Every so often, a friend re-introduces me to a dish I thought I didn’t like. Pesto was one of those dishes – the only other time I’d had it, it was so strong and overpowering that I figured all pesto was not for me. Plus, there was the green-colour-thing; I’m not a fan of guacamole (at all) – mostly because of the texture, but partly because of the colour, too.
Geneva changed all of that for me. She’s a delightful friend and loves to experiment in the kitchen – possibly as much as I do. We had dinner with G and her husband, Jeff, a few months ago and she surprised us with pesto over penne pasta with asparagus and a few other delightfully crisp veggies tucked in for good measure. Brendan cleaned his plate (not once, but twice!) and I was delighted that it wasn’t like the pesto of long ago.
Geneva’s secret is roasting the garlic for a while – she recommended in a frying pan on medium heat, but I also found that if I cut the tops of the garlic cluster off (just a little bit), I could roast it in the oven at 300F for quite a while and not have to babysit it like roasting it on the stove. The garlic sweetens like I’d never experienced before when roasted – there’s no pungency or bitterness at all in properly-roasted garlic. Who knew? I’ve successfully made this recipe twice since having it prepared for me – one serving was for dinner guests, and the other is currently in the freezer, awaiting the day when I have no idea what to make and failed to make a menu plan for the week. Sometimes it happens. What can I say?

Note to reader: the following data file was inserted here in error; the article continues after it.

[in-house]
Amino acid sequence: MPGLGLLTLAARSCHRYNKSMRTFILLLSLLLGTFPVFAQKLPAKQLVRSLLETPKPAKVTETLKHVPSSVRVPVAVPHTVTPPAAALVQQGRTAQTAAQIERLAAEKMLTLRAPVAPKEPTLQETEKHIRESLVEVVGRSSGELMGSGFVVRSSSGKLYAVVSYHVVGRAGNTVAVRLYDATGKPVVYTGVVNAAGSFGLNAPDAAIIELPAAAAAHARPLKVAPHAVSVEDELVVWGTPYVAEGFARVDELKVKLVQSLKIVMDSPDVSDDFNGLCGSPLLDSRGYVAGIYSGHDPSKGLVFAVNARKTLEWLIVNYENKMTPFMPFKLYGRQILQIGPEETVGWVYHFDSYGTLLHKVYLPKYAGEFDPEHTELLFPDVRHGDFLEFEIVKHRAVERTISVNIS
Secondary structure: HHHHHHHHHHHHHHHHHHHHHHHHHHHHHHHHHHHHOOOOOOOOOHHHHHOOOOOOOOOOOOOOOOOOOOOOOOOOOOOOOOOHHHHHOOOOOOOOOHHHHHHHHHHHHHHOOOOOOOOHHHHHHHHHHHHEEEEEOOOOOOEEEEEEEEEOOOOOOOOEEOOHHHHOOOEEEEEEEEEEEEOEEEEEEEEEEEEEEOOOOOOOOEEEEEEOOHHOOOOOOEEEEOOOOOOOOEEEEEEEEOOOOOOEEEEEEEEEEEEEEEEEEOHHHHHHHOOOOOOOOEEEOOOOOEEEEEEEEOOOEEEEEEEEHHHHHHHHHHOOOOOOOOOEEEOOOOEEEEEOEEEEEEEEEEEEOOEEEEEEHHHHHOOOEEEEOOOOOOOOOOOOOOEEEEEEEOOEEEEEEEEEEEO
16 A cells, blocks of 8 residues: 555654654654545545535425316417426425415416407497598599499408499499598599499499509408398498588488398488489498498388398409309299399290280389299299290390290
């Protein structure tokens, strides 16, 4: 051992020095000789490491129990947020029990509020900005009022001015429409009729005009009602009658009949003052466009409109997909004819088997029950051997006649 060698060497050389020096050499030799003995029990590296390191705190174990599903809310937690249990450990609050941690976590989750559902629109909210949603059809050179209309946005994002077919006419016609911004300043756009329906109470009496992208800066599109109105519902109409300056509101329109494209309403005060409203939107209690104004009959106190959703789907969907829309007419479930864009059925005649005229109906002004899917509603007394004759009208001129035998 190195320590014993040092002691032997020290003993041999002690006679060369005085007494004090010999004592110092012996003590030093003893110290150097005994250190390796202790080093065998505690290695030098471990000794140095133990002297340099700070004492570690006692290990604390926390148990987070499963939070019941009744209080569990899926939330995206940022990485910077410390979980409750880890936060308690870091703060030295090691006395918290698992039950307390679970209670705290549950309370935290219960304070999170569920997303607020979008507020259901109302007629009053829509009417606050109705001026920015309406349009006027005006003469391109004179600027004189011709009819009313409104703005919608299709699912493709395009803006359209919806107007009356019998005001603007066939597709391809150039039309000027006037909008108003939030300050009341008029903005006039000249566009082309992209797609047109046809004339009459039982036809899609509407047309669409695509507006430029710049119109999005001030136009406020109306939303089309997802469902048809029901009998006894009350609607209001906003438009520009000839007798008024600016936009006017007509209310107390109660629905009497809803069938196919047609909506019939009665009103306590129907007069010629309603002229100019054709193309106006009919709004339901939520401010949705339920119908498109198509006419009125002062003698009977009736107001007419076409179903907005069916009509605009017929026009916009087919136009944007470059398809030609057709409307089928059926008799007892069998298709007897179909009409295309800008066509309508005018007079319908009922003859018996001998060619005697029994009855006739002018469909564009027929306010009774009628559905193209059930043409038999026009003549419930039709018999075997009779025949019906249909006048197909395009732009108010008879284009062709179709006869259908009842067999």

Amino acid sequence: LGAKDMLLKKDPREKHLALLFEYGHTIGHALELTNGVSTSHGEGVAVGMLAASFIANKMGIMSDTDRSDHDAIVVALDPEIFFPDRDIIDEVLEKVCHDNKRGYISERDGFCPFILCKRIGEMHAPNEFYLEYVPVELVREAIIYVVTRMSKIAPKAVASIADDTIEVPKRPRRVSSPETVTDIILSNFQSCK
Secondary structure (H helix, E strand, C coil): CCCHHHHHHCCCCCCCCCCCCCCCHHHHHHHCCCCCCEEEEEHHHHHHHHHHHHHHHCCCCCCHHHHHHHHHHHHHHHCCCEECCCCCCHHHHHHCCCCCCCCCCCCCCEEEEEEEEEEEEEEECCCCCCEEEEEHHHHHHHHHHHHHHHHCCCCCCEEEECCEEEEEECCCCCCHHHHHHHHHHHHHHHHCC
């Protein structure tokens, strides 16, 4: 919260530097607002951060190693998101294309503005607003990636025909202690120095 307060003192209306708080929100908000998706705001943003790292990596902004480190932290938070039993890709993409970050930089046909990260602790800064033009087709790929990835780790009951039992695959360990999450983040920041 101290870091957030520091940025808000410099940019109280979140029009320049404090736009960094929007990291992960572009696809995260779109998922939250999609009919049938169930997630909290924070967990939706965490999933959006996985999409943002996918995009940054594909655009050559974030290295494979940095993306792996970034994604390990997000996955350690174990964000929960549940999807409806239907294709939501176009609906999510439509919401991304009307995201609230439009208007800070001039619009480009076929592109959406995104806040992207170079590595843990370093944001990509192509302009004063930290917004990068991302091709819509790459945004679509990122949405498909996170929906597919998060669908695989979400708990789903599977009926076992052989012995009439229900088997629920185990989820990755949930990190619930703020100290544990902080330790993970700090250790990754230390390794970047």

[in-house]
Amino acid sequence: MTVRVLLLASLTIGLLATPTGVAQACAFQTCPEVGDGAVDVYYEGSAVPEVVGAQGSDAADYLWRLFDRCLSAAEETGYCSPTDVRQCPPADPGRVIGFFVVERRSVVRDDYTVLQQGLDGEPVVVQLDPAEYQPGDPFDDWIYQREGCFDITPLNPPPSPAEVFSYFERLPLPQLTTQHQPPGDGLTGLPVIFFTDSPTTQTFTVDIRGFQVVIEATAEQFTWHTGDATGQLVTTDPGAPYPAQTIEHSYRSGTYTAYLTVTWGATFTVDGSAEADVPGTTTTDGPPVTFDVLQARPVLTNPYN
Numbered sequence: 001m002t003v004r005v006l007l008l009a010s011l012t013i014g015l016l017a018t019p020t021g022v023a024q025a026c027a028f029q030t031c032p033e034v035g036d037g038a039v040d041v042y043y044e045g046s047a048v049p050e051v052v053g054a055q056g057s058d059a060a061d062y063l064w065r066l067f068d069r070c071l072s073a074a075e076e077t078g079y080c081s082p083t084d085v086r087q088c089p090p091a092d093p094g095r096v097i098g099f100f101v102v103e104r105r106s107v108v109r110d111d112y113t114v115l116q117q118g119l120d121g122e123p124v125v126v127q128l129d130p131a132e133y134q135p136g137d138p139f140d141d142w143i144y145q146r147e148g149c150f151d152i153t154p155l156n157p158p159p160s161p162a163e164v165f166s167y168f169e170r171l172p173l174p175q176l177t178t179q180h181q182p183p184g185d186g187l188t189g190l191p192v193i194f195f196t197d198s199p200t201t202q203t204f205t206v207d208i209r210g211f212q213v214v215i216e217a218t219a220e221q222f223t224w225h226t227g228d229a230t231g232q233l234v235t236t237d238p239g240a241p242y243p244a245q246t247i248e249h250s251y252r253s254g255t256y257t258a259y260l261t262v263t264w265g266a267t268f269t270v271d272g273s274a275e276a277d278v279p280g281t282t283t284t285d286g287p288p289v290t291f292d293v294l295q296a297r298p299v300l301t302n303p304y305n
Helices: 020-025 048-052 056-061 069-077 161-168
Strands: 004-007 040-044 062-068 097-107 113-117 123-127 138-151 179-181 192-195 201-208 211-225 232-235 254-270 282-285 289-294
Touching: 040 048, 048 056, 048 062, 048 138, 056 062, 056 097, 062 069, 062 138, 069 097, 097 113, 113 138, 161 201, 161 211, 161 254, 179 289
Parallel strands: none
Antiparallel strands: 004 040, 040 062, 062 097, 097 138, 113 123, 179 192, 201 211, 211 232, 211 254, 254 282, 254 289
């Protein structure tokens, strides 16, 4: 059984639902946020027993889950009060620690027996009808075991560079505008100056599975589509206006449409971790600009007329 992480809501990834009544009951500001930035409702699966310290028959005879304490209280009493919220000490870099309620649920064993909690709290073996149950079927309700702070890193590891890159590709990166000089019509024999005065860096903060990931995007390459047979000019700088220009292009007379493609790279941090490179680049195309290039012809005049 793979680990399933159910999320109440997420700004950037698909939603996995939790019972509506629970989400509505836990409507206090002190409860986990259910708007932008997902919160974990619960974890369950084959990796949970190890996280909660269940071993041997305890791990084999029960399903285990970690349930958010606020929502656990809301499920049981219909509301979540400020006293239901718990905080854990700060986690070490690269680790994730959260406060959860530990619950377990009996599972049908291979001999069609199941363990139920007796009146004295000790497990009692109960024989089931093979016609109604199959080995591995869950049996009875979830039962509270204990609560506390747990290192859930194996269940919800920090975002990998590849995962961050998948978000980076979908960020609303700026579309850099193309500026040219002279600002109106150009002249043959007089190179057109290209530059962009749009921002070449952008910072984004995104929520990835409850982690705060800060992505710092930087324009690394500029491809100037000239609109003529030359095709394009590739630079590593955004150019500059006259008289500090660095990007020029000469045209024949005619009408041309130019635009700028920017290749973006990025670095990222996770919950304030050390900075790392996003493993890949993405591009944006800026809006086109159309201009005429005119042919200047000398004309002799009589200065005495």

As a result of this recipe, I’m also planning a large section of basil in the garden this year – so I need to get to seed-starting. 😉
Geneva’s Classic Pesto
- 3 garlic cloves, paper skins intact
- 2 cups fresh packed basil
- ½ c. olive oil
- ¼ c. toasted pine nuts, walnuts, or almonds
- ¼ c. grated Parmesan cheese
- Salt/pepper to taste
Toast the garlic in a dry skillet over medium heat until fragrant and spotty brown (about 7 minutes). Cool garlic before peeling. Combine the peeled garlic, basil, cooled nuts, and Parmesan in blender for smoother consistency – drizzle in oil through top of blender as ingredients combine for greatest amount of oil-emulsification and creamiest finished product. Season with salt and pepper to taste. Yield: ¾ c. pesto, enough for 1 lb. pasta, cooked. For added protein content, add in cooked, cubed chicken or canellini beans. Delicious with steamed asparagus tossed with the pasta and covered in pesto – guaranteed to get my child to invite himself over to your home for dinner and to get him to lick the plate. 😉